Land bank board adopts 2014 budget
Organization plans for fewer expenses next year than this year.
The Kent County Land Bank Authority recently adopted its operating and development budget for next year, and the 2014 spending plan is less than this year’s.
The land bank’s total operating expenses for next year are expected to be $469,531 or about $20,000 lower than its 2013 expenditures.
Personnel expenses for the bank’s four staff members should total $294,379 and will include salaries, payroll taxes, heath insurance coverage, a retirement program and mileage.
Non-personnel expenses should come to $175,152. Those include rent, communication costs, office supplies, liability insurance, accounting and legal fees, and a few other items.
As for the development side of the budget, revenue to the land bank is expected to be $2.97 million next year, with $2.7 million of that total coming from property sales. The land bank is expecting to sell 150 properties in 2014 for an average price of $18,000 each.
Donated properties could give the land bank another $180,000 in revenue next year, with most of those expected to come from area banks. The budget has the land bank selling a dozen in 2014 at an average of $15,000 each.
The land bank will also spend about $2 million on buying, marketing, cleaning up and selling those properties next year. By the end of next year, the nonprofit organization hopes to clear $951,000 in net revenue from its development effort. The operating expenses will reduce that net revenue figure to $481,469 by year’s end.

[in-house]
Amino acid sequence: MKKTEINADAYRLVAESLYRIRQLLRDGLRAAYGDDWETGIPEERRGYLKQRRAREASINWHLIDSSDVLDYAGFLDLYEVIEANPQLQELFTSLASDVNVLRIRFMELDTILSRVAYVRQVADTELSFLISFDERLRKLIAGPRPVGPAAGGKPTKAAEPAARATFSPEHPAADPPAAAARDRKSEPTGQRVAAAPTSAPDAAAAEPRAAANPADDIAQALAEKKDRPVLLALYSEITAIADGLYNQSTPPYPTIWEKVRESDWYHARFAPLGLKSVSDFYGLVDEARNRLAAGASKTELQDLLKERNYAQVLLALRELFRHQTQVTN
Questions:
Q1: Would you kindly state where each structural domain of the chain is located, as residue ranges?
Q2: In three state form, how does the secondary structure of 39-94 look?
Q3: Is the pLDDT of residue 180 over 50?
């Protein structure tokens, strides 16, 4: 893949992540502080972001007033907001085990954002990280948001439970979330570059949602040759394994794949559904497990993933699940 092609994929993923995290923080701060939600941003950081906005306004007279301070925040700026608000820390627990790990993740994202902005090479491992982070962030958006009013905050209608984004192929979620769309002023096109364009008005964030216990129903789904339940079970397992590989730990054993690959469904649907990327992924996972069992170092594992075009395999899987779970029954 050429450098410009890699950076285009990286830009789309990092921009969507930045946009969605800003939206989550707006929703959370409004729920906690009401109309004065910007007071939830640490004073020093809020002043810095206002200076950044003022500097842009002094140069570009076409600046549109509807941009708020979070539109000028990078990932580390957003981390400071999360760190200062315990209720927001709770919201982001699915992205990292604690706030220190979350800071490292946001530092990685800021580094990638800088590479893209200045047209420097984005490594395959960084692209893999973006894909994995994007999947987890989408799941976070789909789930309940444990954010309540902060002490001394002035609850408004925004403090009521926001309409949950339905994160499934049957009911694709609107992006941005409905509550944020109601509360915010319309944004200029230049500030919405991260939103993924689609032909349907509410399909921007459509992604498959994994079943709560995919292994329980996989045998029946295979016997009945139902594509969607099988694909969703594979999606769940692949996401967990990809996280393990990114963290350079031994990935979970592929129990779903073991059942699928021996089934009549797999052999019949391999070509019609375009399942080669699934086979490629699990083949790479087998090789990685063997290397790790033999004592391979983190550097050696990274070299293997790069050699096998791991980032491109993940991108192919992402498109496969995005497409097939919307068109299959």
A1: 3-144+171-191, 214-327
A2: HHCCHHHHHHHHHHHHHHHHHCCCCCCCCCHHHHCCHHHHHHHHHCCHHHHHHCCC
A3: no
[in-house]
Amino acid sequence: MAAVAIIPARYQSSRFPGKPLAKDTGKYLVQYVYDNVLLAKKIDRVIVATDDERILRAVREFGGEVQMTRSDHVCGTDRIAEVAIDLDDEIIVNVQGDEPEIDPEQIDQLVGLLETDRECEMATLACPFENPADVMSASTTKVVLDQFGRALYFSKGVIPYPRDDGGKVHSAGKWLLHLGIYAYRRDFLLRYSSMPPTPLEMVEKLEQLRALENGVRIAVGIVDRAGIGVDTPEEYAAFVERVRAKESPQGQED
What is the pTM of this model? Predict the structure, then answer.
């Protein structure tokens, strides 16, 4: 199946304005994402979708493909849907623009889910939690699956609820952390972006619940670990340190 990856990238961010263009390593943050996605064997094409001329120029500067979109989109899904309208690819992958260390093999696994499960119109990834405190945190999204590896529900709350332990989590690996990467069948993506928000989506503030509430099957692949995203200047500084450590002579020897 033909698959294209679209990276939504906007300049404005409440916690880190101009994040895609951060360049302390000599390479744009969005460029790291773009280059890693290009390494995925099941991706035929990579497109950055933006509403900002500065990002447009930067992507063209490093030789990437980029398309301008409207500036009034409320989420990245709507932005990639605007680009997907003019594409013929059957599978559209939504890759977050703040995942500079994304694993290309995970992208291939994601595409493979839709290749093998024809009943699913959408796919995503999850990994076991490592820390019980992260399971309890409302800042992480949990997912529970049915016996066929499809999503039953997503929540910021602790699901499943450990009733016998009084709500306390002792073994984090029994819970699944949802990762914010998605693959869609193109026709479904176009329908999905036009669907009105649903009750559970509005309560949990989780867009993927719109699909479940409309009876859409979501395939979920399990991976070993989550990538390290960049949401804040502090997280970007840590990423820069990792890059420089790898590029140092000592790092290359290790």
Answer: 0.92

The difficulty for the land bank to establish an annual budget is its fiscal year covers the calendar year, but its development year largely runs from July to December. That’s because all the tax-foreclosed properties in the county don’t become available for the land bank to purchase until July.
KCLBA Executive Director Dave Allen cautioned board members not to see the $481,469 in net revenue solely as a surplus that can be set aside. He said those dollars have to be used to buy properties the following year and the agency will need about $1.1 million to do that in the summer of 2015.
“We’re going to need to self-fund these acquisitions and not rely on the foundation,” he said.
Grand Rapids Community Foundation has loaned the land bank money to purchase properties; that loan matures in 2017. The land bank also has had lines of credit with Huntington Bank and Founders Bank & Trust. The organization does not receive financial support from Kent County.
“I’m pleased we finally have a budget that we can all get our hands around,” said Sharon Brinks, a Kentwood city commissioner and KCLBA board member.
Brinks asked whether the board should consider reviewing the budget at the year’s halfway mark, considering the development side of the ledger will come into play in July.
“Midpoint is always a good time to review it,” said County Treasurer Ken Parrish, who founded and chairs the organization. “It’s a working, breathing document in my view.”
An audit revealed the land bank finished 2012 with a surplus of $276,134, which was $112,796 more than it closed the year with in 2011.